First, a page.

Know Basic Laws:
“Young men should know the basic laws about search and seizure law. In order for an officer to lawfully stop a person, the officer must have a “reasonable suspicion” that a crime or traffic violation has been committed. If the officer does not have a “reasonable suspicion” that a crime is afoot, then the person they stopped is free to leave. For example, if an officer sees a young man run a stop sign, jay walk or if that young man matches the description of a suspect, the officer can legally stop or briefly “detain” that man to conduct an investigation. But, however, if a man is walking down the street and he has given the officer no reason to believe he has committed a crime, nor does he match the description of a suspect, the officer does not have a “reasonable suspicion” to detain that man. Such a detention is illegal unless the man gave his consent to be stopped.”
Don’t feel obligated to give consent:
“Consent to stop or detain a person can be easily given. If an officer sees a man walking down the street and simply asks him “can I speak with you for a second,” and the man agrees to speak with the officer, that person has just consented to being stopped. That same person can always revoke their consent and stop talking to the officer. But, be careful because if while consensually speaking with the officer the man states information to give the officer a “reasonable suspicion” that he has committed a crime, the officer may detain the man without his consent.” “Therefore, if a person does not “consent” to be detained and an officer does not have a “reasonable suspicion” as the basis of a stop or detention, then the person being stopped is free to leave and may be the subject of an illegal detention if an officer refuses to let him leave.”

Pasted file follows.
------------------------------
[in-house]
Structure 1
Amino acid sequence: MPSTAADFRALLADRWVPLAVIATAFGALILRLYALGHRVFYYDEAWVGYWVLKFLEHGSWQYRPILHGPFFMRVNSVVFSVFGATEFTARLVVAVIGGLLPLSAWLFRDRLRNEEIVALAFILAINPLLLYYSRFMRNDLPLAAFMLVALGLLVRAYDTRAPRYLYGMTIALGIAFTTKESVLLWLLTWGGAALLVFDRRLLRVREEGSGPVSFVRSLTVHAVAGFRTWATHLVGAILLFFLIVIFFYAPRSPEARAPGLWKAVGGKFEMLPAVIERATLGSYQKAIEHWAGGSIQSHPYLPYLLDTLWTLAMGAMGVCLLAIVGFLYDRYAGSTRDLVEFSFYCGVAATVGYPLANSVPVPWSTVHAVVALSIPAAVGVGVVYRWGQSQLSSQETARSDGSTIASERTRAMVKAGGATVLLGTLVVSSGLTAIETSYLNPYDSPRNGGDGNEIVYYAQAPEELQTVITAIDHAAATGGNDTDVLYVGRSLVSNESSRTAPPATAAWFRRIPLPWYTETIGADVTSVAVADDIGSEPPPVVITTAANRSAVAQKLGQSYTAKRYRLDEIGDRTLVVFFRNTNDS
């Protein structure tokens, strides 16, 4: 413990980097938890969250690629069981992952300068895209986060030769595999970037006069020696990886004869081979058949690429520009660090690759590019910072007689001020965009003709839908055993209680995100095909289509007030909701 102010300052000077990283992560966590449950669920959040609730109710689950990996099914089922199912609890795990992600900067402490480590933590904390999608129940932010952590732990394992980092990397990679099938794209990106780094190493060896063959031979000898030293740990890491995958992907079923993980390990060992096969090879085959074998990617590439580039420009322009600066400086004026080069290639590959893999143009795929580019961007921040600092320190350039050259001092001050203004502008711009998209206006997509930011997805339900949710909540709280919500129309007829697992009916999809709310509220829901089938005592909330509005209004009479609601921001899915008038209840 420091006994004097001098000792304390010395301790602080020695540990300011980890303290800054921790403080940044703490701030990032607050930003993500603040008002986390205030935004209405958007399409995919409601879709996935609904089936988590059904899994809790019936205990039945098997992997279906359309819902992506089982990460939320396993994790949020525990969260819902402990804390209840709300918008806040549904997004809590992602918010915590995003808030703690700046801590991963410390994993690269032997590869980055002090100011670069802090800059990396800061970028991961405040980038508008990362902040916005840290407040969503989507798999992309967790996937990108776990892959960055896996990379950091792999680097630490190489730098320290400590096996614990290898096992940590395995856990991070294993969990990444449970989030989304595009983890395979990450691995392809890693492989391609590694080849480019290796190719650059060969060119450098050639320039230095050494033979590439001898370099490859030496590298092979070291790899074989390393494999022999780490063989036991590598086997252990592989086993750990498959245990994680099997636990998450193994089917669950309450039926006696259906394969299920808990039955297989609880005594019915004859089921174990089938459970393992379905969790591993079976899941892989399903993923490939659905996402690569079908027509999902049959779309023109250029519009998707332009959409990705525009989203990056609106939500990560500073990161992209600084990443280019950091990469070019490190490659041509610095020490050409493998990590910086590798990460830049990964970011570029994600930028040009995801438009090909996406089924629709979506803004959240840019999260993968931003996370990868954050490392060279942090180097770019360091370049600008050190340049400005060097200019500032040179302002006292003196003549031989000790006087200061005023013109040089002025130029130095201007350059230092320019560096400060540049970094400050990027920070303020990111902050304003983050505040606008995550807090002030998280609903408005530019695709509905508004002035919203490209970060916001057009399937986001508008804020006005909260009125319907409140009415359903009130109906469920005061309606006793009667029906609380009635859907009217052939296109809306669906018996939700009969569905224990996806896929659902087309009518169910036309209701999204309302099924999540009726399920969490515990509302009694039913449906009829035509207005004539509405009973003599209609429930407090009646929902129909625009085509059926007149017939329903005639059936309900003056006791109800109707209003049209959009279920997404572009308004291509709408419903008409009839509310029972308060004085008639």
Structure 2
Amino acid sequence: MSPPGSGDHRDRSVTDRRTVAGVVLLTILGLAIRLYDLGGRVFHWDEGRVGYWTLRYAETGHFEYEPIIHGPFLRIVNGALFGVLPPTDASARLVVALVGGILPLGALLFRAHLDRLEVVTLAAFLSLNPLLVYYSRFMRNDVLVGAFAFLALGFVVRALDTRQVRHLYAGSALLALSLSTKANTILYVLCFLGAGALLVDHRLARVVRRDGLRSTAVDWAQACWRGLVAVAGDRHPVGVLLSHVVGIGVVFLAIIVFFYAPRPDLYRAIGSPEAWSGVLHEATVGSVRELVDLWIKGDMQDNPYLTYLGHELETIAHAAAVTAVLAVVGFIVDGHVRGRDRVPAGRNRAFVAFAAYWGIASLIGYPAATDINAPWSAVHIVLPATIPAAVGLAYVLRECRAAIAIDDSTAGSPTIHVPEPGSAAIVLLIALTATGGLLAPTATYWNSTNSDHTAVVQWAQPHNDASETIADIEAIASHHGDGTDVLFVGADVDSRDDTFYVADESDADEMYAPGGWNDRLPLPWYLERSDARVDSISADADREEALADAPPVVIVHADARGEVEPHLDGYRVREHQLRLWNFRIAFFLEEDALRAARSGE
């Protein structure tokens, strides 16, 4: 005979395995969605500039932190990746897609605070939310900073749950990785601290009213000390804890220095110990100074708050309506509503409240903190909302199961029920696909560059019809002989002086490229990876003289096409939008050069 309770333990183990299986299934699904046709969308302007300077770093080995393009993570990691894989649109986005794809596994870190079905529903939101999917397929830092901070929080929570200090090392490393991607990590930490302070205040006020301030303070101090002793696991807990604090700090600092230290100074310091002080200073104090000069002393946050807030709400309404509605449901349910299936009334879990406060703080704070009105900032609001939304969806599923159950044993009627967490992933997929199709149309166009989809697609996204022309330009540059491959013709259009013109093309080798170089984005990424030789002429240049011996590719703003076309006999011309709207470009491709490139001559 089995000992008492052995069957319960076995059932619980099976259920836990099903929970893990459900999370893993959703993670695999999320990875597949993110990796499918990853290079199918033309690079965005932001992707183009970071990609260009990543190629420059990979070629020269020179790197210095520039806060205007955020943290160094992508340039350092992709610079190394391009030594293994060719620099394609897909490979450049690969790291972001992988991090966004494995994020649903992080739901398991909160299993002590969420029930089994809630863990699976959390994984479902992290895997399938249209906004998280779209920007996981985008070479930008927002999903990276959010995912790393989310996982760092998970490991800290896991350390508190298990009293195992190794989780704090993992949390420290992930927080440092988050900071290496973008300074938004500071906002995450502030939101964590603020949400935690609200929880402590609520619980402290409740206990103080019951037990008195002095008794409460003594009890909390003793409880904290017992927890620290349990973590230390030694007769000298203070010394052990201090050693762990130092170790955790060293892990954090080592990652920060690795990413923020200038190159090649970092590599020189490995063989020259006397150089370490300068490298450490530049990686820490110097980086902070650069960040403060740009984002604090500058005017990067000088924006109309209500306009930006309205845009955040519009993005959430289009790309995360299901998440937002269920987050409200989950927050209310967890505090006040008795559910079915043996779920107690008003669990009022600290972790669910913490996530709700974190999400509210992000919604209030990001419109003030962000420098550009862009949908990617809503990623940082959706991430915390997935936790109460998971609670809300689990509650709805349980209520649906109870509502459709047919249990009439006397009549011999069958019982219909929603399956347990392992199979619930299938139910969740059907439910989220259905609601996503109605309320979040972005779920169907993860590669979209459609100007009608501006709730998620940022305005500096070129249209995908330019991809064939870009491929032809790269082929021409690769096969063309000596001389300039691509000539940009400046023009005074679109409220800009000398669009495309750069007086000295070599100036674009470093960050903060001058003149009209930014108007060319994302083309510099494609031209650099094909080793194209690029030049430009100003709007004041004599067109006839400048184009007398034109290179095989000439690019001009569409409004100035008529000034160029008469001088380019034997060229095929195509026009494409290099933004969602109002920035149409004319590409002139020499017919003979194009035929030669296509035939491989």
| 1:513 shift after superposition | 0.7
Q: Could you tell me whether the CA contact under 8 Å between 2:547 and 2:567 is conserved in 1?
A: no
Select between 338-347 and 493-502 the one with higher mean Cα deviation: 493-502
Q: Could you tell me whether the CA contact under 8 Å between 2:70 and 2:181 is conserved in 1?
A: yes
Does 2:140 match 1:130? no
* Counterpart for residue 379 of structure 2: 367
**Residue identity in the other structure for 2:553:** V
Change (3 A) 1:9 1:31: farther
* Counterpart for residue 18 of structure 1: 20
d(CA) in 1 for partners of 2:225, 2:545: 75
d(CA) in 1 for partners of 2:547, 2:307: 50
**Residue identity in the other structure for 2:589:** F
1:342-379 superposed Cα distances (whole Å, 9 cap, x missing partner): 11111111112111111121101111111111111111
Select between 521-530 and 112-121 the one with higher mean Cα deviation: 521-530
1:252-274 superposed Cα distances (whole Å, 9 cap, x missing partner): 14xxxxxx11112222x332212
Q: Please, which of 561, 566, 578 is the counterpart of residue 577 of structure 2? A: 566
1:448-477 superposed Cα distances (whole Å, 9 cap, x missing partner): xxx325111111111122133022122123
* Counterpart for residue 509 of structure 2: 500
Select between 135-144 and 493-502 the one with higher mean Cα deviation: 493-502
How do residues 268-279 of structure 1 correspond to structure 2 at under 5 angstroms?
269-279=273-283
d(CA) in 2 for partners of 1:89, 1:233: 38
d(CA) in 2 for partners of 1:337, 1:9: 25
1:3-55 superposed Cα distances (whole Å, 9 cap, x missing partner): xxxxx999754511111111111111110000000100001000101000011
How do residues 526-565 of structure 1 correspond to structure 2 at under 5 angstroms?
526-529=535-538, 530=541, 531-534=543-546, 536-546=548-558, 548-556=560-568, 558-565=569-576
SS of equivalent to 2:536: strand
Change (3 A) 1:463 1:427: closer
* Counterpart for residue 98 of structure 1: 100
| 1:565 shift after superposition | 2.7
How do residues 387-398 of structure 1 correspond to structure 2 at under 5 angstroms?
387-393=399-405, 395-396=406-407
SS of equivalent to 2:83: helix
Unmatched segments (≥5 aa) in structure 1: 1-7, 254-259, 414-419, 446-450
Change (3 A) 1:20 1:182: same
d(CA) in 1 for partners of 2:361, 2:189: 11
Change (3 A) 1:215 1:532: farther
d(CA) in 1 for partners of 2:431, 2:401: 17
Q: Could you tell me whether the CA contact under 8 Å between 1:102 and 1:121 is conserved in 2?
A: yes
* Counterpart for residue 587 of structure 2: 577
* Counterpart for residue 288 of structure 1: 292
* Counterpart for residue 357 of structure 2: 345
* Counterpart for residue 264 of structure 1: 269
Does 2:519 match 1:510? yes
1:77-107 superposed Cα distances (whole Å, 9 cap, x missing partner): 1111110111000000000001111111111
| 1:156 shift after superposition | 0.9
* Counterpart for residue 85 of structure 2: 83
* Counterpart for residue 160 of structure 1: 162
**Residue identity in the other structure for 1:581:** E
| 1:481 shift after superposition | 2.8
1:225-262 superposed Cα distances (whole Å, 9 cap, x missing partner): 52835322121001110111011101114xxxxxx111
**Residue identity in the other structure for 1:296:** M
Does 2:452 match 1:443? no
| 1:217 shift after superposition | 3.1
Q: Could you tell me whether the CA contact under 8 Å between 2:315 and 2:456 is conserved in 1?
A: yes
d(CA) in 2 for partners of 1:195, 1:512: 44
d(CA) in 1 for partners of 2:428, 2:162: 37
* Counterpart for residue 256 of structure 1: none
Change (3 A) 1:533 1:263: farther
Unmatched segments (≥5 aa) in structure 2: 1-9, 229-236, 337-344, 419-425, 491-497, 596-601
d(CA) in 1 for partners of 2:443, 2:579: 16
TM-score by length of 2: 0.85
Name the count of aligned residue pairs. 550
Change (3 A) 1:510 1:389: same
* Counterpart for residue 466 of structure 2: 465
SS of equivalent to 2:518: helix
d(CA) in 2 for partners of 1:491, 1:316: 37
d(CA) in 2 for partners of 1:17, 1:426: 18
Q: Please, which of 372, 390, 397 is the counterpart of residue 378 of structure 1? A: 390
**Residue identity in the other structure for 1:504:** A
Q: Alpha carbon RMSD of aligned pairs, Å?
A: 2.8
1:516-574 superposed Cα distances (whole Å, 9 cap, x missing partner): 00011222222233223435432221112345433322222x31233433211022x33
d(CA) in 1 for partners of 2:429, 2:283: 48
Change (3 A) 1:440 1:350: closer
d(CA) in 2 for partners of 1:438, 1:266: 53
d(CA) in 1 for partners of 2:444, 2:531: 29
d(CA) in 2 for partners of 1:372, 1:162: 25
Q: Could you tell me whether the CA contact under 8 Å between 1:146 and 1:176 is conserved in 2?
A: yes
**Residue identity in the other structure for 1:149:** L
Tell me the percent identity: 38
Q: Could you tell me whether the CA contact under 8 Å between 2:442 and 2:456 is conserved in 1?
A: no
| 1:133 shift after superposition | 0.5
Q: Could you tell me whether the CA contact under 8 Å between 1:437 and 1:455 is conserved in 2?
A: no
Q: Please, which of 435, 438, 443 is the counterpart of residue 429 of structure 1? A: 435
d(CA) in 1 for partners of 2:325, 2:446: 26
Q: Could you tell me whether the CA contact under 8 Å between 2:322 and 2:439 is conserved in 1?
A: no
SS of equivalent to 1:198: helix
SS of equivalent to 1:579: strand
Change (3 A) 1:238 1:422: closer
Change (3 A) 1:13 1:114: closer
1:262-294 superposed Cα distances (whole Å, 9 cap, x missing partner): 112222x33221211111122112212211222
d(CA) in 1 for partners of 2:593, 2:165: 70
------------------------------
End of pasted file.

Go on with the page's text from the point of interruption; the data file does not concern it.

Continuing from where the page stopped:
Don’t give an officer probable cause:
“The standard for an officer to arrest a person is higher than the standard to detain a person. In order for an officer to legally arrest someone they must have “probable cause” to believe that person committed a crime. In other words, an officer must have apparent facts supported by circumstances sufficiently strong to justify a reasonably intelligent and prudent person to believe that the accused person has committed the crime.”
“For example, if an officer sees a car swerving in and out of a lane, that officer has a “reasonable suspicion” to believe that person is not driving safely and is in violation of the California Vehicle Code. Once the officer has a reasonable suspicion, he may legally detain or pull that driver over to conduct an investigation. If during the investigation the officer smells the odor of alcohol on the drivers breath, sees the drivers eyes are red and watery, hears the driver has slurred speech and the driver admits to drinking alcohol, that officer now has “probable cause” to arrest the driver for driving under the influence.”
Expand your professional network:
Finally, “The best resource to remain aware of the current laws is to have a friend or family member that is an attorney. Because there are so many different areas of law and each area of law has hundreds of laws it is very difficult to stay on top of changes in the law. If you have a friend or family member who is a lawyer you can always turn to them for help.”
“Injustice between law enforcement and the communities they serve has been negatively impacting America well before NWA’s 1988 controversial song titled “F*** The Police.”
A way to change this perspective is for the community to not only educate their children on how to behave when interacting with members of authority, but to also begin to make changes in the political arena by voting and challenging our children to become authority of the governing society.
By: Angelisa Ross
Videography: Antone Harrison
Featured Image by: Wellington Sinape